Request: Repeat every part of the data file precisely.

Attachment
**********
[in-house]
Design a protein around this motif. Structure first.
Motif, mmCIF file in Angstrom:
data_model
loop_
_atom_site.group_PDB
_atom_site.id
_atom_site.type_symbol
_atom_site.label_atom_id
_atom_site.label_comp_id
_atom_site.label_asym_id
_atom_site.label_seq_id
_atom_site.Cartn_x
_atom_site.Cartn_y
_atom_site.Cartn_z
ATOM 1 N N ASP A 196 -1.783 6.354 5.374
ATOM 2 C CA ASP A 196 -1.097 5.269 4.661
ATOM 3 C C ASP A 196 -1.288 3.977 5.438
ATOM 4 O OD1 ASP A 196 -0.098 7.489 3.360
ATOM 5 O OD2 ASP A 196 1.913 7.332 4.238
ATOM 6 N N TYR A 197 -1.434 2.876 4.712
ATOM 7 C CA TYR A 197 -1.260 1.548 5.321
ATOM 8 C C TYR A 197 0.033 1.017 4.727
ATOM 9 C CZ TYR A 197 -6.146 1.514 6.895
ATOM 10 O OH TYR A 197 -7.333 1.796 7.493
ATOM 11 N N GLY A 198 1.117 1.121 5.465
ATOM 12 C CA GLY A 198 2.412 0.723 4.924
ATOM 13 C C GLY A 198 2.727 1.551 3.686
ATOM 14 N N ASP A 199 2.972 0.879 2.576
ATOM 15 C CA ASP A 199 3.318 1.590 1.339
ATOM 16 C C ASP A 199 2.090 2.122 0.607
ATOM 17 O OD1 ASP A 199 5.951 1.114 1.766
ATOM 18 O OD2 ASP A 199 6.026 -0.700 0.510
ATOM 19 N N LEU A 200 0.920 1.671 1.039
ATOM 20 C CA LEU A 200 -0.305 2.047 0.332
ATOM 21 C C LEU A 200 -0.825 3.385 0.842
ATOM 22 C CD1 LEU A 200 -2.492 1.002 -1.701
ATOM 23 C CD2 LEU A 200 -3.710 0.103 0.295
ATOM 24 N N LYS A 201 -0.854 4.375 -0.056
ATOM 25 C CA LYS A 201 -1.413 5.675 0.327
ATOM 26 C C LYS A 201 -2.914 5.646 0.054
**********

[in-house]
Design a protein around this motif. Structure first.
Motif, mmCIF file in Angstrom:
data_model
loop_
_atom_site.group_PDB
_atom_site.id
_atom_site.type_symbol
_atom_site.label_atom_id
_atom_site.label_comp_id
_atom_site.label_asym_id
_atom_site.label_seq_id
_atom_site.Cartn_x
_atom_site.Cartn_y
_atom_site.Cartn_z
ATOM 1 N N ASP A 196 -1.783 6.354 5.374
ATOM 2 C CA ASP A 196 -1.097 5.269 4.661
ATOM 3 C C ASP A 196 -1.288 3.977 5.438
ATOM 4 O OD1 ASP A 196 -0.098 7.489 3.360
ATOM 5 O OD2 ASP A 196 1.913 7.332 4.238
ATOM 6 N N TYR A 197 -1.434 2.876 4.712
ATOM 7 C CA TYR A 197 -1.260 1.548 5.321
ATOM 8 C C TYR A 197 0.033 1.017 4.727
ATOM 9 C CZ TYR A 197 -6.146 1.514 6.895
ATOM 10 O OH TYR A 197 -7.333 1.796 7.493
ATOM 11 N N GLY A 198 1.117 1.121 5.465
ATOM 12 C CA GLY A 198 2.412 0.723 4.924
ATOM 13 C C GLY A 198 2.727 1.551 3.686
ATOM 14 N N ASP A 199 2.972 0.879 2.576
ATOM 15 C CA ASP A 199 3.318 1.590 1.339
ATOM 16 C C ASP A 199 2.090 2.122 0.607
ATOM 17 O OD1 ASP A 199 5.951 1.114 1.766
ATOM 18 O OD2 ASP A 199 6.026 -0.700 0.510
ATOM 19 N N LEU A 200 0.920 1.671 1.039
ATOM 20 C CA LEU A 200 -0.305 2.047 0.332
ATOM 21 C C LEU A 200 -0.825 3.385 0.842
ATOM 22 C CD1 LEU A 200 -2.492 1.002 -1.701
ATOM 23 C CD2 LEU A 200 -3.710 0.103 0.295
ATOM 24 N N LYS A 201 -0.854 4.375 -0.056
ATOM 25 C CA LYS A 201 -1.413 5.675 0.327
ATOM 26 C C LYS A 201 -2.914 5.646 0.054